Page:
I've worked with self-published authors since I launched IndieReader back in 2007. And while in that time they've come a very long way, one thing that has not changed is the difficulty in finding outlets to get legit reviews. And after that, the problem becomes how to make sure those reviews--often written by book bloggers with a small readership--get the widest amount of exposure to book-lovers.
Why is that so important? Because although there are many places to get reader reviews--Amazon and GoodReads are probably the most well-known, there is a lot of hanky panky, so much so that a Cornell sociologist recently pointed out that (referring to Amazon), "...a very good book could be killed by a group of people for malicious reasons."
Yes, it sounds crazy that a small group of people (or, sock puppets, who post fake online reviews that wreak havoc with the whole system) could have so much power over how certain books are judged. And choosing a next read--let alone an indie--is hard enough without a Mission Impossible-type counter espionage scenario going on.
But the truth is, unscrupulous reviews aren't much of a problem for traditionally published authors--many of whom get reviewed in mainstream pubs (from Publisher's Weekly to People to The New York Times to the New Yorker). But what of indies--and the people interested in reading their books--who are hard up to tell the real reviews from the fake ones?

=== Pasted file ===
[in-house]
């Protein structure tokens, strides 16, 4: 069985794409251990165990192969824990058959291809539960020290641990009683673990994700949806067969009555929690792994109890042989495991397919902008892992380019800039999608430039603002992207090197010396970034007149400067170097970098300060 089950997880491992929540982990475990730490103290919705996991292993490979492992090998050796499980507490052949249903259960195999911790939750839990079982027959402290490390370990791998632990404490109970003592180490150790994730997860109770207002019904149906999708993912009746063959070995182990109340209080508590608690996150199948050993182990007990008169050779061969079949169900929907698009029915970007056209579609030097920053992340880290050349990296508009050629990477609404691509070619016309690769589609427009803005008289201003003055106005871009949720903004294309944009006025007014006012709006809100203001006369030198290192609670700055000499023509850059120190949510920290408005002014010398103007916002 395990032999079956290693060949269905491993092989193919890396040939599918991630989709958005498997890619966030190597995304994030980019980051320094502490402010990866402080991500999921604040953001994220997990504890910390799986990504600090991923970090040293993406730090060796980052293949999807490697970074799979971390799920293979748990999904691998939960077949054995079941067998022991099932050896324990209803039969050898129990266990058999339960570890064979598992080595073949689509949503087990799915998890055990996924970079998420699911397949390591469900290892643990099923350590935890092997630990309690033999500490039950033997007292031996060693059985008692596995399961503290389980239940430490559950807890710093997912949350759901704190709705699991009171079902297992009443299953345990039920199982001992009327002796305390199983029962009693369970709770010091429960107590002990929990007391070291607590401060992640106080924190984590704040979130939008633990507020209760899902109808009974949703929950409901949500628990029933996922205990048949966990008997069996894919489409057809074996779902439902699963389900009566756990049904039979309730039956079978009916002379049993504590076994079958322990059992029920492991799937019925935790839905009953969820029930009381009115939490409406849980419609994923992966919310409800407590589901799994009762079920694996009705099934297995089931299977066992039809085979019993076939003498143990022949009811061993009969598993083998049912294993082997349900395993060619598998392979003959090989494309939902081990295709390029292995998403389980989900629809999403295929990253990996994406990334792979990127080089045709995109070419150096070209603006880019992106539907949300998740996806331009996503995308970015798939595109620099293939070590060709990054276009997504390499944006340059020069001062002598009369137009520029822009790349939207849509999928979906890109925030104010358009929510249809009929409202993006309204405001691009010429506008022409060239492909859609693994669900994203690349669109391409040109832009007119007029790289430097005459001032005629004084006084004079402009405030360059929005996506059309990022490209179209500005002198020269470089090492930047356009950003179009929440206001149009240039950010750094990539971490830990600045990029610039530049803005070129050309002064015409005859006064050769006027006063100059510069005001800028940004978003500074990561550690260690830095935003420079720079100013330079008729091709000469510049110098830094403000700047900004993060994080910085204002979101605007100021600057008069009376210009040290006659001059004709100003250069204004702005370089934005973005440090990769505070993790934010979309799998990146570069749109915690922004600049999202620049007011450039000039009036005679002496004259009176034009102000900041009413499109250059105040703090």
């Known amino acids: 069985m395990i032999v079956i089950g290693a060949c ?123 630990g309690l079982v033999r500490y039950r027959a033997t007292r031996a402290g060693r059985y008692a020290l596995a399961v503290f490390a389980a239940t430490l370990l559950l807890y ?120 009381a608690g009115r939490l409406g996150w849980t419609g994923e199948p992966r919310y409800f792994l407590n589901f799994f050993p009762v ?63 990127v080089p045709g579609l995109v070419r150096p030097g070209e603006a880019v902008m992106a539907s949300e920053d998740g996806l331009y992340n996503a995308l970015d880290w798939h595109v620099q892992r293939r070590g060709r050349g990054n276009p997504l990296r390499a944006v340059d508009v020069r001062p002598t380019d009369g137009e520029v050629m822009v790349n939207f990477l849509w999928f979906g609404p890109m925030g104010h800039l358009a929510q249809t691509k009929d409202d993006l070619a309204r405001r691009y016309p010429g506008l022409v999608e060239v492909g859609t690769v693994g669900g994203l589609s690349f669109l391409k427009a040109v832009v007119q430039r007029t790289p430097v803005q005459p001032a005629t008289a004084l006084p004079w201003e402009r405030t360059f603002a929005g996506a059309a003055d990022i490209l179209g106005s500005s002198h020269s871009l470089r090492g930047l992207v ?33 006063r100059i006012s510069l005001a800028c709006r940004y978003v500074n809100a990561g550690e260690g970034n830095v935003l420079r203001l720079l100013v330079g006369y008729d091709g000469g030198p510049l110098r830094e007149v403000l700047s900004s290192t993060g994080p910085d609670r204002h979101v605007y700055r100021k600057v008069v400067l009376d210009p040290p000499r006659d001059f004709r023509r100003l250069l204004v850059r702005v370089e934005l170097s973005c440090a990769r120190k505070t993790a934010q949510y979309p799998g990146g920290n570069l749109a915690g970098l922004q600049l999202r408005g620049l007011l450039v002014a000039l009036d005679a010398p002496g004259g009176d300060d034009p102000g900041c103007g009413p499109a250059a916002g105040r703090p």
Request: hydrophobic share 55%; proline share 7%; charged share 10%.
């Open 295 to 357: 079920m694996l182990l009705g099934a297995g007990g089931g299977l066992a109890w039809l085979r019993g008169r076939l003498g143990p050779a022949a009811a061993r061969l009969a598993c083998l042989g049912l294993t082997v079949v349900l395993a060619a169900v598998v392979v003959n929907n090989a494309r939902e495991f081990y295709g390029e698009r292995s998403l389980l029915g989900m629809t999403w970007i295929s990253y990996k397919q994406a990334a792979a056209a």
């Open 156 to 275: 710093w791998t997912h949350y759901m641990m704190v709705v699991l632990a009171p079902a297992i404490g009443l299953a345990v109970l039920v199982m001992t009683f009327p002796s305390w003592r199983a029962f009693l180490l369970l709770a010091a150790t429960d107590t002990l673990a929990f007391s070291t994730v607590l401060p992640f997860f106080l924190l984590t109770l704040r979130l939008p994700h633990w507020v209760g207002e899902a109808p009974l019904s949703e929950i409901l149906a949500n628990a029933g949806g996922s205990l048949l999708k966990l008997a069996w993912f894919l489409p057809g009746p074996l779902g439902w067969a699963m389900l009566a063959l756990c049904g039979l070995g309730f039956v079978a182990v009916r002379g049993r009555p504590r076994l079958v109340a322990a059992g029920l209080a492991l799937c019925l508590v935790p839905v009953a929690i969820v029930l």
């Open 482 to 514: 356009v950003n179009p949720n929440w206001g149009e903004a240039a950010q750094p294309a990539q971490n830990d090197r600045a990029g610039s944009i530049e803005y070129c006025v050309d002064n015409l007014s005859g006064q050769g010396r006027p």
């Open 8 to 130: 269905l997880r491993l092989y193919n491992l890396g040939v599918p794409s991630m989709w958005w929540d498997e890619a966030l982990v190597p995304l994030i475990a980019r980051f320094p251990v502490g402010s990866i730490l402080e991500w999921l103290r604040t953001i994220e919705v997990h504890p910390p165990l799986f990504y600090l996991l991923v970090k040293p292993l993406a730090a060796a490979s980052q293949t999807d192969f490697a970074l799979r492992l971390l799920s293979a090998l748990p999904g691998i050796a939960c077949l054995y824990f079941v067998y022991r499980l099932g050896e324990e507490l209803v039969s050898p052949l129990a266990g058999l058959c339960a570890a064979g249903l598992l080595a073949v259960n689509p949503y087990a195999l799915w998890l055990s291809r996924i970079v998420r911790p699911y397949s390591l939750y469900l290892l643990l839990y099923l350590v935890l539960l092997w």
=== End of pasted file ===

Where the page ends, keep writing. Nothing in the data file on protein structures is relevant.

This is where the idea for Rabble came from, a website that will aggregate trusted, verified reviews into consensus, like Metacritic and Rotten Tomatoes do for movies. The site will scour the publishing landscape, pull a sentence or two from each review (pre-vetted to insure its credibility, with a link to the complete review source) and come up with a consensus for a final Rabble score.
In addition to being able to see immediately where a book rates on the Rabble scale, the site will also be a brilliant place to explore. There will be lists, via the Rabble Listatron 300, that include the best to worst rated titles, author interviews, and much much, more. And for the first time anywhere--and this is most important--indie titles, which are still mostly shunned by mainstream reviewers--will rub shoulders with traditionally published books, just like god intended.
Fact is, the publishing world is changing faster than you can say Random-Penguin-Schuster. Indie bookstores, those bastions of helpfulness which gleefully recommended the best new titles, are scarce. What's needed, almost more than another season of Homeland (right NOW), is a great place to find out how your faves rate, and discover new authors and titles.
With your help, Rabble will be that resource.